Cars or Bikes? Flexibility is the Best Answer When it Comes to Parking
It would take a brave person to predict how travel patterns will change over the coming months and years. Currently, capacity on public transport is limited by a desire to avoid overcrowding. Many companies still have staff working from home for at least some of the week. There’s also a national effort to expand the network of safe cycling routes.
How all of these forces balance out will be different across the country depending on how easily local authorities can adapt their transport strategies. The unknown extent and speed with which work returns to ‘normal’ adds yet more disruption to the mix.
One scenario could see more people choosing to travel by car in the short term to avoid using crowded buses or trains. Subsequently, some of these could switch to bikes as the infrastructure needed for safe cycling en-masse is put in place.
If parking spaces are already under pressure, you have a dilemma. Do you invest to expand parking facilities only to find, a couple of years down the line, that some of the capacity isn’t needed? And if bike use expands exponentially, where will all of those bikes be stored?
Keep Your Options Open While Meeting Known Demand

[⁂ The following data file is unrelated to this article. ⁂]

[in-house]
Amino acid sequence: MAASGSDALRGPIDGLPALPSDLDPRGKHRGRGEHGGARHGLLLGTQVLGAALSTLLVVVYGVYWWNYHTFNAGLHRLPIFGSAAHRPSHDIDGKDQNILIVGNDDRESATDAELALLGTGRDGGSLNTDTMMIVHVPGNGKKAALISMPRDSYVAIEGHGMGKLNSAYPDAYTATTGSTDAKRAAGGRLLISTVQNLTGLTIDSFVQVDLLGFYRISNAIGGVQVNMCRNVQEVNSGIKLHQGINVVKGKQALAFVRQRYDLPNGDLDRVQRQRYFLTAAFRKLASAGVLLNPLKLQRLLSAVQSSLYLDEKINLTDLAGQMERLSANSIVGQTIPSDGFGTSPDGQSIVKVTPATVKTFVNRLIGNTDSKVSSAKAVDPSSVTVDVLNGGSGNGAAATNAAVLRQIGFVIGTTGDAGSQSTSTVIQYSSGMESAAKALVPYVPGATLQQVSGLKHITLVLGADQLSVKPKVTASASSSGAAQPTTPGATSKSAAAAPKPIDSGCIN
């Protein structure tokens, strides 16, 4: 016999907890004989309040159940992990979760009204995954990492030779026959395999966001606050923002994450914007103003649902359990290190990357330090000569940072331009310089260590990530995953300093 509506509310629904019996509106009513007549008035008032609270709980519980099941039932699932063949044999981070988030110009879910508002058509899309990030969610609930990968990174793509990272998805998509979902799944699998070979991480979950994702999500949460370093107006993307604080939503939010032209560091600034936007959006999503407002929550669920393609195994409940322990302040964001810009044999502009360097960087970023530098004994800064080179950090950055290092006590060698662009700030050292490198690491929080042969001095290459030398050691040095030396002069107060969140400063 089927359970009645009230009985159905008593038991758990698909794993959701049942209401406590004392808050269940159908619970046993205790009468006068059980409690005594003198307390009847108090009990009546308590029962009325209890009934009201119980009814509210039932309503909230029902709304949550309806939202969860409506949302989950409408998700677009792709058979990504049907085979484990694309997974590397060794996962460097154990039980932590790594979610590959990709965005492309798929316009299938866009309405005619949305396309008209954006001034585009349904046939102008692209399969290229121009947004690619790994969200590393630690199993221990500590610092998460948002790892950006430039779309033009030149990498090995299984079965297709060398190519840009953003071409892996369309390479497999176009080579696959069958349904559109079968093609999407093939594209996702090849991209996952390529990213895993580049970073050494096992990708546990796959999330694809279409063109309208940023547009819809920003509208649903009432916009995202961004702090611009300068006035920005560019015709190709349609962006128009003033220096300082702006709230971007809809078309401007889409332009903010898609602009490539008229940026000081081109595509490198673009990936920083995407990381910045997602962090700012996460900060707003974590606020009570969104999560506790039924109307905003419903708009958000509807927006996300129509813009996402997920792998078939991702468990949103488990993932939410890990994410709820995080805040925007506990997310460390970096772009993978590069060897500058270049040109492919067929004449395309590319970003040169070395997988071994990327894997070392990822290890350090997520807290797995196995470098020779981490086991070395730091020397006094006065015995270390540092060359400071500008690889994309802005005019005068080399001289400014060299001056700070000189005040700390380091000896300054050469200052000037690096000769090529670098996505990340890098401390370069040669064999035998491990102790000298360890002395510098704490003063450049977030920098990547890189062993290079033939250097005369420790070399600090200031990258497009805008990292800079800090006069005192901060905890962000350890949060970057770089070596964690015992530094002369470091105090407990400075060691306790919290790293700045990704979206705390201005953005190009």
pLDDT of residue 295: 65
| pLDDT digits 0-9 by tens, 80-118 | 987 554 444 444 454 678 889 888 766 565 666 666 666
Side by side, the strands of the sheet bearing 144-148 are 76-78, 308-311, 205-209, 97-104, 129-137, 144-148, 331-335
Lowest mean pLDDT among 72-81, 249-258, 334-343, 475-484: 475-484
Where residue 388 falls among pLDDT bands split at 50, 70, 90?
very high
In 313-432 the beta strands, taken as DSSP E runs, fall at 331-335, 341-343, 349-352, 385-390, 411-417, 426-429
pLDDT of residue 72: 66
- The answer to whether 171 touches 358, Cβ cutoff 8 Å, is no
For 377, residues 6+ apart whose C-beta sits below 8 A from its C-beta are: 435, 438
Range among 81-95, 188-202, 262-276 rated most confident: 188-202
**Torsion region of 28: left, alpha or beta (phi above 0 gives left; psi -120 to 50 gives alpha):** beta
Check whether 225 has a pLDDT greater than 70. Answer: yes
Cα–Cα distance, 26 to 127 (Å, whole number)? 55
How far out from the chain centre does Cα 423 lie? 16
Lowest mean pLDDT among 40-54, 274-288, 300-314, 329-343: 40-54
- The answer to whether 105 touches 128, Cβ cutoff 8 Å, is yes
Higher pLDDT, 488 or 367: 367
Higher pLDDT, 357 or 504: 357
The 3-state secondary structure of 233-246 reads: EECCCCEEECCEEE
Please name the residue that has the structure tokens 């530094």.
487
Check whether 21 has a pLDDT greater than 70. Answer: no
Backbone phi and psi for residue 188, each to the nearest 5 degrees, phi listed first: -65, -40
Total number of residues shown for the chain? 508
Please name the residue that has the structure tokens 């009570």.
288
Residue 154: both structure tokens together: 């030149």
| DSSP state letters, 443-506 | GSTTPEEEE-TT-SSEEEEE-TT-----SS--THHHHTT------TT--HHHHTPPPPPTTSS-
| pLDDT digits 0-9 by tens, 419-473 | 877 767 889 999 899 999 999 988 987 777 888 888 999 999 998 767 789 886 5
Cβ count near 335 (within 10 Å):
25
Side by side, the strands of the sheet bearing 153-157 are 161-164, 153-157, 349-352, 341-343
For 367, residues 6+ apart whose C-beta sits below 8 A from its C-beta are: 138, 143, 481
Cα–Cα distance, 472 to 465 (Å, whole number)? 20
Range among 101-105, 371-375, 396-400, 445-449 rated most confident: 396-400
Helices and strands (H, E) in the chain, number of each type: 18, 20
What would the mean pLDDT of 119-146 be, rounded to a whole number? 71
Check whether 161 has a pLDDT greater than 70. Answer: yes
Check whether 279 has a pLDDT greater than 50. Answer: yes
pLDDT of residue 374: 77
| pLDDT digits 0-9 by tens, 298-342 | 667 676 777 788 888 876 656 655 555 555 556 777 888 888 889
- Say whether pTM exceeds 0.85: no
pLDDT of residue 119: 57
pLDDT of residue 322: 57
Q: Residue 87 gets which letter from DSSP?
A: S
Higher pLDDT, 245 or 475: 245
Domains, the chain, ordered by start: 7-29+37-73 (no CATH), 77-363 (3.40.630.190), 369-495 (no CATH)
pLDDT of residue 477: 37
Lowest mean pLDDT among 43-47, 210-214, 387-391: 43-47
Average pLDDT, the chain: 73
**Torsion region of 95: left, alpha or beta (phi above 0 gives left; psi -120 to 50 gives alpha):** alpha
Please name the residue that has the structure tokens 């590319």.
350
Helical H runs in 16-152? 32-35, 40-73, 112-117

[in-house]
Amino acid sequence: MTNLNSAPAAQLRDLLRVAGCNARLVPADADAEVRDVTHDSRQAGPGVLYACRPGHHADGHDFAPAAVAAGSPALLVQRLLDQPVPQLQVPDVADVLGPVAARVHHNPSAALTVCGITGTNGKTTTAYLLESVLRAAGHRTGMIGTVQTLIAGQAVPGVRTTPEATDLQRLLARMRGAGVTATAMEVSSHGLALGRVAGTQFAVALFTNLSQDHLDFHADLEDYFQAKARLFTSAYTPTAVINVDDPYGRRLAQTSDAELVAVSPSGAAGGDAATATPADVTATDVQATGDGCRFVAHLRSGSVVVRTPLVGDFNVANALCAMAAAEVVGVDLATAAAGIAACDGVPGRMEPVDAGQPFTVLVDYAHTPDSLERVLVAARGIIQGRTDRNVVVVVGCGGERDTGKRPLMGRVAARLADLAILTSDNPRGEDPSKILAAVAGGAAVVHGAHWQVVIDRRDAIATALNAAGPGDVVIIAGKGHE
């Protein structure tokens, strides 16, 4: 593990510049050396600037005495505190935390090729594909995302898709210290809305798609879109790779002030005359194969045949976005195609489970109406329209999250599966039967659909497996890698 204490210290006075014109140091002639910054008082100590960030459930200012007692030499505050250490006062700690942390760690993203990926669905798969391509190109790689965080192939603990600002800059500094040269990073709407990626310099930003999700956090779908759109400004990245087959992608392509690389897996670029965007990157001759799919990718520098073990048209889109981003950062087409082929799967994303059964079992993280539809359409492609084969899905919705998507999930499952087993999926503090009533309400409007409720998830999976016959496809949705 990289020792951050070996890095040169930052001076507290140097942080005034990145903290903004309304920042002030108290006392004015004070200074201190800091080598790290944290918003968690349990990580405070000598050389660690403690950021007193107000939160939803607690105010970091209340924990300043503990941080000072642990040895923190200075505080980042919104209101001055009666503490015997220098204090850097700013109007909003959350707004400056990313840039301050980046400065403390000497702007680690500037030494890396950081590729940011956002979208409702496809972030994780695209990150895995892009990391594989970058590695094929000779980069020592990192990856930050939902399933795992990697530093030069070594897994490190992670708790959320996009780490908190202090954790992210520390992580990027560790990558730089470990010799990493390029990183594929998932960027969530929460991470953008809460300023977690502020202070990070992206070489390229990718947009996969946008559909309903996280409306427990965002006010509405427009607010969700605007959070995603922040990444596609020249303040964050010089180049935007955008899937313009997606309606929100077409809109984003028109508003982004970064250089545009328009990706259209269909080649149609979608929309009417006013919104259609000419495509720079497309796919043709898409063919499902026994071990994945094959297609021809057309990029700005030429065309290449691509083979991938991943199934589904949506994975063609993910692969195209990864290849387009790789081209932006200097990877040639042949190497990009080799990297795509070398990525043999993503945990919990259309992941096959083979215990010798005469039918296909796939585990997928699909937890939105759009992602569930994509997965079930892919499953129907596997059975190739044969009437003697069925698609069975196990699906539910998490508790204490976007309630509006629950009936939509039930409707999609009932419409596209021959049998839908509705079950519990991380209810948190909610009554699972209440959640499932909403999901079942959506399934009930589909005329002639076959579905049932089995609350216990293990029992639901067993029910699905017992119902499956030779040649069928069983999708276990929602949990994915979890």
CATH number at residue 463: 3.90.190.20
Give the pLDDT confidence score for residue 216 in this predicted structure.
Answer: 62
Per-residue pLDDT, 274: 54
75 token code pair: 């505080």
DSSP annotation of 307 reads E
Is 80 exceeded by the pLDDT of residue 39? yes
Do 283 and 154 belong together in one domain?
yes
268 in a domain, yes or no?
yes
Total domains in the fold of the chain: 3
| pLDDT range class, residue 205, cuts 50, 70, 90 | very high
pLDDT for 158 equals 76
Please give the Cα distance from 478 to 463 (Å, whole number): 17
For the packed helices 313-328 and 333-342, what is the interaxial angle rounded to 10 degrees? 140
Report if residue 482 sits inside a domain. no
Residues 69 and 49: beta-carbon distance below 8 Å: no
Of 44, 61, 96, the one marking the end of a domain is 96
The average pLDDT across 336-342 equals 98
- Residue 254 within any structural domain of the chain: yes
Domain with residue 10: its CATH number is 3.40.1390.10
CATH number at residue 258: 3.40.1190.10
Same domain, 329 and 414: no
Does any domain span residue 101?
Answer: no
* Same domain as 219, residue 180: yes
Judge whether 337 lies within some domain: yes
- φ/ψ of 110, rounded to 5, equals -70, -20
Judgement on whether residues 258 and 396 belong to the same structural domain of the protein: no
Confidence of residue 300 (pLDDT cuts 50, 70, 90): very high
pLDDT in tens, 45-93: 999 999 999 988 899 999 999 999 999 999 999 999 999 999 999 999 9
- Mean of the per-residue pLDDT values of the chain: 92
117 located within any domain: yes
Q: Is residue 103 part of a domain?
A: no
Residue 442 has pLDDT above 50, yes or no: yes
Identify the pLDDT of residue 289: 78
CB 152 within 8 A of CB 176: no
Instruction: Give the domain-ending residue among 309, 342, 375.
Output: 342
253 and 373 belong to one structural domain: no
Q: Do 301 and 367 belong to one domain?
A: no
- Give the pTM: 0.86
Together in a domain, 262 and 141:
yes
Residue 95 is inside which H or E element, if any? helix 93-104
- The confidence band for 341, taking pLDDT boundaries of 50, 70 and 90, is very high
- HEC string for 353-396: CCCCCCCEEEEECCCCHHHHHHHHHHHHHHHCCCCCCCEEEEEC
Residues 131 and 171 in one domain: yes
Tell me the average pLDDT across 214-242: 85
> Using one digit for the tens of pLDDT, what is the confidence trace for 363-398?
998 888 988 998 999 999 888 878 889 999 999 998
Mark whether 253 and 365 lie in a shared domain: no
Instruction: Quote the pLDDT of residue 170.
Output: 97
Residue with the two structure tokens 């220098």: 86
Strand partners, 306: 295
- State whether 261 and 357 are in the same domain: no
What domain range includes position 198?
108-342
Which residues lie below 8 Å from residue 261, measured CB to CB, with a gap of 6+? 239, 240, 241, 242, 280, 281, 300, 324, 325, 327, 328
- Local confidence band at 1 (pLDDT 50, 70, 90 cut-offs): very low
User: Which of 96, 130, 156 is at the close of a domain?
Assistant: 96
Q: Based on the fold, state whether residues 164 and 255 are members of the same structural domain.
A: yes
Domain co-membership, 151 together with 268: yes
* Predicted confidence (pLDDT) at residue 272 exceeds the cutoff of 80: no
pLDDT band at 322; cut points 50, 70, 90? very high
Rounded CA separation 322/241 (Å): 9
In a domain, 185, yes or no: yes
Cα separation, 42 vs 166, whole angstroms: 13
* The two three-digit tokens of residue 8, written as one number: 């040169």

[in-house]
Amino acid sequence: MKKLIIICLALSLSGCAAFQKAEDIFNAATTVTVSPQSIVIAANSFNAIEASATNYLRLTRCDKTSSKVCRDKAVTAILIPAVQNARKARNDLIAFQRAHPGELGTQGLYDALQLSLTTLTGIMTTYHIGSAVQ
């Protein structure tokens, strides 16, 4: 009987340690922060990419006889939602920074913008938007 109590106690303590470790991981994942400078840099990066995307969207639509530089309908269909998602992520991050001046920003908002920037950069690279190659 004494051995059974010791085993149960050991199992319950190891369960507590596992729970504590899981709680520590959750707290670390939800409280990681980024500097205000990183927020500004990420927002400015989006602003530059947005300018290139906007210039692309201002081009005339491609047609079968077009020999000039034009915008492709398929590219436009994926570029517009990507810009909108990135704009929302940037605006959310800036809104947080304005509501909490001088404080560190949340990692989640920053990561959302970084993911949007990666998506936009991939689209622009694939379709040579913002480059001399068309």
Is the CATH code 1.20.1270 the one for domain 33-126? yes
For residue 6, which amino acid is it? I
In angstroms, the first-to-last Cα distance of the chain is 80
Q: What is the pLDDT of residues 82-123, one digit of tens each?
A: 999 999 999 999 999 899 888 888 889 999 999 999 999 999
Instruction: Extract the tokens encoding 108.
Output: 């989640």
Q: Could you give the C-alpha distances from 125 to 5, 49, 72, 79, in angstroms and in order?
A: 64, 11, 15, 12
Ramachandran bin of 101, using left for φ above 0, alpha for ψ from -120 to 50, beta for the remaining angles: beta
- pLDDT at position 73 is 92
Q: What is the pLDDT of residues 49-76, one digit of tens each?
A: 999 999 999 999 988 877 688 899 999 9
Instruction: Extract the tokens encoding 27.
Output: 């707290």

If ever there were a need for more adaptable parking options, now is the time. And the need for flexibility makes an unanswerable case for a modular parking solution that can easily be expanded, contracted or given over to storing bikes securely.
The modular parking system from Osborne and Siderpark was developed around the reality that parking demand will become even harder to predict. The modular steel-framed system allows one or two parking decks to be added to an existing surface-level car park without having to dig foundations.
Car parks built using the system are easy to erect and can be quickly dismantled and moved (wholly or partially) if no longer needed. It’s also easy to integrate secure cycle storage and to expand this capacity as demand grows.
There’s no need to be constrained by thinking: ‘it’s impossible to plan because we don’t know how demand will change.’ All you need is a solution that you can easily adapt as circumstances change.